Engine Room Fires: IUMI-IACS work group

By Svenn L. Andersen, Senior Surveyor, Norwegian Hull Club & Chairman of the IUMI-IACS Work Group

IUMI and IACS (International Association of Classification Societies) have established a working group to study “Fires in engine rooms due to leakage from low pressure fuel and lubrication oil systems”. This is a Correspondence Group (CG), meaning that meetings and information sharing is arranged via Skype and e-mails.

Since June 2019 representatives from IACS and IUMI have shared information from incidences onboard different types of ships, which the work group is reviewing, with the purpose of identifying methods and procedures to reduce the risk of fire.

Work on this topic started in early 2018 in Cefor’s Technical Forum, as there was growing concern with the increased numbers of engine room fires, particularly related to low pressure fuel and lubrication oil leak.

With inputs from other insurance companies within Cefor, the Norwegian Hull Club has collected reports from cases occurring over the past 10 years, resulting in an anonymous summary report and presentation that has been shared with all parties.

Leaks from fuel and lubricating oil systems have resulted in oil igniting after coming in contact with hot surfaces in the engine room. In comparison with fuel leaks from high pressure fuel pipes, leaks from low pressure pipes can be more serious due to the steady, voluminous flow of oil providing a continuous source of fuel to the fire until it runs out and/or is stopped.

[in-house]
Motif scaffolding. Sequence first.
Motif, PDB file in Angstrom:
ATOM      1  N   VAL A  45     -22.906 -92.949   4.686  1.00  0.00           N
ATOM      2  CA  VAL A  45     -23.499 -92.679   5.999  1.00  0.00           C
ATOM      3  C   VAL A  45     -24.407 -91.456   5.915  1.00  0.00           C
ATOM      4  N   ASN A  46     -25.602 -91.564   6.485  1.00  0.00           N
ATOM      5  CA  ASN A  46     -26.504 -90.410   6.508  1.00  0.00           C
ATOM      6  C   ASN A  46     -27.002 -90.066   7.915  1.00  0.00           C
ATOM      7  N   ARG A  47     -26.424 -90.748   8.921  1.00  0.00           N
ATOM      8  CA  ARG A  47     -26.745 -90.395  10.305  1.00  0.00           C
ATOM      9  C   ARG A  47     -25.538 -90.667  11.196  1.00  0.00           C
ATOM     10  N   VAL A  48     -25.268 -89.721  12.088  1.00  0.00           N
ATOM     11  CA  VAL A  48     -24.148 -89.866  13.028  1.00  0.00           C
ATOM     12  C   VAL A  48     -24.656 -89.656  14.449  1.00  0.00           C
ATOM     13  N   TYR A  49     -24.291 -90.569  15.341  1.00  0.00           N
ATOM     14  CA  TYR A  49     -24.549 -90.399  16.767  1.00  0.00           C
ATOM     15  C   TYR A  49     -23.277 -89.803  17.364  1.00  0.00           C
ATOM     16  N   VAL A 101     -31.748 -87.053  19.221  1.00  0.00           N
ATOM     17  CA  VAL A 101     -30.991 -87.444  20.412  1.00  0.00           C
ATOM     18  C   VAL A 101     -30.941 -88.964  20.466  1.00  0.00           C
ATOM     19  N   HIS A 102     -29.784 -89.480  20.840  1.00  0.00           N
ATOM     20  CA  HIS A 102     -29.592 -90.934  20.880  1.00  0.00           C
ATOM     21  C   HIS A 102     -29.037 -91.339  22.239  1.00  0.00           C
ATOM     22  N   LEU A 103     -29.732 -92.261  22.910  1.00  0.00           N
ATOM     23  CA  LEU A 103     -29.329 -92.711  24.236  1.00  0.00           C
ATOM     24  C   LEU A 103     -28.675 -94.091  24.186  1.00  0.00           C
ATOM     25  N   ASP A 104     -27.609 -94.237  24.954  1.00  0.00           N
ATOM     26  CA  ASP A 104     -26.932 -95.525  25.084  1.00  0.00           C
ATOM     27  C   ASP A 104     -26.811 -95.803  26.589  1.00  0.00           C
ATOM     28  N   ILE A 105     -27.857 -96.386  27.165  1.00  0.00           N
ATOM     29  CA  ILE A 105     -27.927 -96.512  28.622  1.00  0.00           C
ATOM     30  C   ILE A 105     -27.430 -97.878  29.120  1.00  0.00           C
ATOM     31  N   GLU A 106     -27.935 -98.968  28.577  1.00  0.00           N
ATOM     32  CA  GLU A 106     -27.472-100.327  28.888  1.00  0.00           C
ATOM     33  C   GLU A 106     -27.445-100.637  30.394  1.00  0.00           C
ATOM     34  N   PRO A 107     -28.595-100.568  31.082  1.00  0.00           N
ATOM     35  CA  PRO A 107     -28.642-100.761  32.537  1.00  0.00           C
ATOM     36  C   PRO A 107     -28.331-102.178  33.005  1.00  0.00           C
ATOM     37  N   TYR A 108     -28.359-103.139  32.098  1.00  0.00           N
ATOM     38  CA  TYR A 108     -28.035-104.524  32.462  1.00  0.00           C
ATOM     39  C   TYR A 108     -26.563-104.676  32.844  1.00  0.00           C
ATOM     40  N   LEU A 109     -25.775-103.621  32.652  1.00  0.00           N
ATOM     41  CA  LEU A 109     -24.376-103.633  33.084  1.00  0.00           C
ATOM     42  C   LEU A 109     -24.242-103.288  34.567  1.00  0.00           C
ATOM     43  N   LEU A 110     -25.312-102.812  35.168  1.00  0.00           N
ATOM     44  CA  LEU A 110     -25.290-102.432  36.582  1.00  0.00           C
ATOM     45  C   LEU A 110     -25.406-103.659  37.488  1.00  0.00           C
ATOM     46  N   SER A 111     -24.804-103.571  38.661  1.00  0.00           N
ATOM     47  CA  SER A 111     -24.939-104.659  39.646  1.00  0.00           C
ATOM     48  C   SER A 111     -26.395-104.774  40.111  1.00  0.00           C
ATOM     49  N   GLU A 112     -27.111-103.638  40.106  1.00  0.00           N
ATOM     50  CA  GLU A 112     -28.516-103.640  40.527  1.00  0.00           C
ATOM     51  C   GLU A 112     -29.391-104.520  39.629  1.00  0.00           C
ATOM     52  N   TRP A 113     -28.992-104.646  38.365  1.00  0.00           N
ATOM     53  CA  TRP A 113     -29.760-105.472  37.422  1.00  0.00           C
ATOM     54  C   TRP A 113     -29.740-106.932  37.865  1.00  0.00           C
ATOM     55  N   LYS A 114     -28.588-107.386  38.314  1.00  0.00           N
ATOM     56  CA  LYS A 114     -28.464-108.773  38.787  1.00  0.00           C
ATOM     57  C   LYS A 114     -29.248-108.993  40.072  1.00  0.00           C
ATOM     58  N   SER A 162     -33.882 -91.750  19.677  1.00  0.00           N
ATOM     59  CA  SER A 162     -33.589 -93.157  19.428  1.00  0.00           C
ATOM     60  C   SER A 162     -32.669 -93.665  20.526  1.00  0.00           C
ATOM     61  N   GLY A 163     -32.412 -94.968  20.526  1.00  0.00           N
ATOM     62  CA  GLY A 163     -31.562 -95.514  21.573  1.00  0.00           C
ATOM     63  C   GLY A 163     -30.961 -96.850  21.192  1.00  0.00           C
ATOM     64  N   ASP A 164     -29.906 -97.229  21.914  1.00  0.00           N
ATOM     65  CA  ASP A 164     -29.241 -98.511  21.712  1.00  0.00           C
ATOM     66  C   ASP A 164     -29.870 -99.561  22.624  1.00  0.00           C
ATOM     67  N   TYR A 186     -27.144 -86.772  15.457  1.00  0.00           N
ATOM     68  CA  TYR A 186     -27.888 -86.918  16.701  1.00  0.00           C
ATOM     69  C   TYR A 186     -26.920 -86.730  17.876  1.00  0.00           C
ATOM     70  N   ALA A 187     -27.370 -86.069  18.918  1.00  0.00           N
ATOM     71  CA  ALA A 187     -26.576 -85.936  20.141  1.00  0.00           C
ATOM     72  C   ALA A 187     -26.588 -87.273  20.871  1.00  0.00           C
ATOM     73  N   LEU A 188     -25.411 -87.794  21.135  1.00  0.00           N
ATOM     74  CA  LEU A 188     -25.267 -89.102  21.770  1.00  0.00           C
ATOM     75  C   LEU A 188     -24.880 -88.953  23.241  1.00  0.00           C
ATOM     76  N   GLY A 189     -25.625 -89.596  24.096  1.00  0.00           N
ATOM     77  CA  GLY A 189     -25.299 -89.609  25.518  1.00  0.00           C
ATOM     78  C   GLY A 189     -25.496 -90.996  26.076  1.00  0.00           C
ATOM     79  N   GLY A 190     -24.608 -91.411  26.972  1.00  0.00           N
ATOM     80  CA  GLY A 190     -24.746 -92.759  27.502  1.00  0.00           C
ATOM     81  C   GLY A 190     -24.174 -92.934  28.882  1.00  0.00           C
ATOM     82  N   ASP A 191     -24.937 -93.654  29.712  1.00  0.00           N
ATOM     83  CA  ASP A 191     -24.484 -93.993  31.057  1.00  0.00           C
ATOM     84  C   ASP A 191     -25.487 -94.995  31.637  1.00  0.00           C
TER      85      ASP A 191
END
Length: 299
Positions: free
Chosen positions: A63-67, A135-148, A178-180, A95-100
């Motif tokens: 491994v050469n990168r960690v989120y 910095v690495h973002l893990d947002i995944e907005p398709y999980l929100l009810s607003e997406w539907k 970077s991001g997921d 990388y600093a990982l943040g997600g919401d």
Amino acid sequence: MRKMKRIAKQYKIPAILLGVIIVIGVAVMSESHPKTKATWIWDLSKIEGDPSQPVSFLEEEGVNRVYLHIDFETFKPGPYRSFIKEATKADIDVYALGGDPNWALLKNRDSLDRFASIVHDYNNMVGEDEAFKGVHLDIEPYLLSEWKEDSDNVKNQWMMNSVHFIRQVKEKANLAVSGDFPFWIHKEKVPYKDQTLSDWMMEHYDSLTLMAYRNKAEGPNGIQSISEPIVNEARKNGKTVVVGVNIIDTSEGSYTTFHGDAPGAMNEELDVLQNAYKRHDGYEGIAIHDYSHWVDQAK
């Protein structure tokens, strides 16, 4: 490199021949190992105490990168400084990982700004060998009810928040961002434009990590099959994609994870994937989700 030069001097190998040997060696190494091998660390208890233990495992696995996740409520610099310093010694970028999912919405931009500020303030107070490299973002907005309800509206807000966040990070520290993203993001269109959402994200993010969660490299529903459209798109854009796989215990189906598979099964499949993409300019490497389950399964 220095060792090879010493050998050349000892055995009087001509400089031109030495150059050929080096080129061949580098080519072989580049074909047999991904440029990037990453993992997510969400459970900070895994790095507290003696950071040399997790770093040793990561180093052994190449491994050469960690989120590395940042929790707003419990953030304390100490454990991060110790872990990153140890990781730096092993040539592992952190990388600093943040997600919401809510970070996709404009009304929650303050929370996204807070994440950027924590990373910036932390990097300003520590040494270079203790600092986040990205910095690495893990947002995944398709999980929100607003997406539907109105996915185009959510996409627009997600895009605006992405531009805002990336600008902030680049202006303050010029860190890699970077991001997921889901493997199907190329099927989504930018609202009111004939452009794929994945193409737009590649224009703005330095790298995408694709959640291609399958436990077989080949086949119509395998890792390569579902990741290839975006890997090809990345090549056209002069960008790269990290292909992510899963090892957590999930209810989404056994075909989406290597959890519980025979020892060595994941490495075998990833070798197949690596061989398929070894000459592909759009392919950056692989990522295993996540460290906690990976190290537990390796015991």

Even a small fire in the engine room may develop into a complex and dangerous fire which can be difficult to distinguish by the crew, despite the use of fixed fire extinguishing systems ready to use at all times. The most serious danger is to the lives of the crew and the environment. Added to this is the total cost of damages and down time for repairs after an engine room fire. This can be considerable - in some cases the vessel can be declared a total loss due to the extent of the damage.

With the emphasis on reducing risk the of fire, the group is looking into solutions related to machinery and piping design, survey and inspection methods, onboard maintenance regime and possible changes to current rules and regulations.

The group`s goal is to identify methods to avoid an increasing number of fires due to fuel and lubricating oil leaks, which in some serios cases have regretfully resulted in loss of life.

Taking measures to avoid fires on ships is high on the maritime industry’s agenda, and we believe that the establishment of the IACS-IUMI working group, amongst other initiatives across the world, could contribute to reducing risk of fires and improving safety at sea.


This issue was added to the IUMI Policy Forum’s Agenda in April 2020.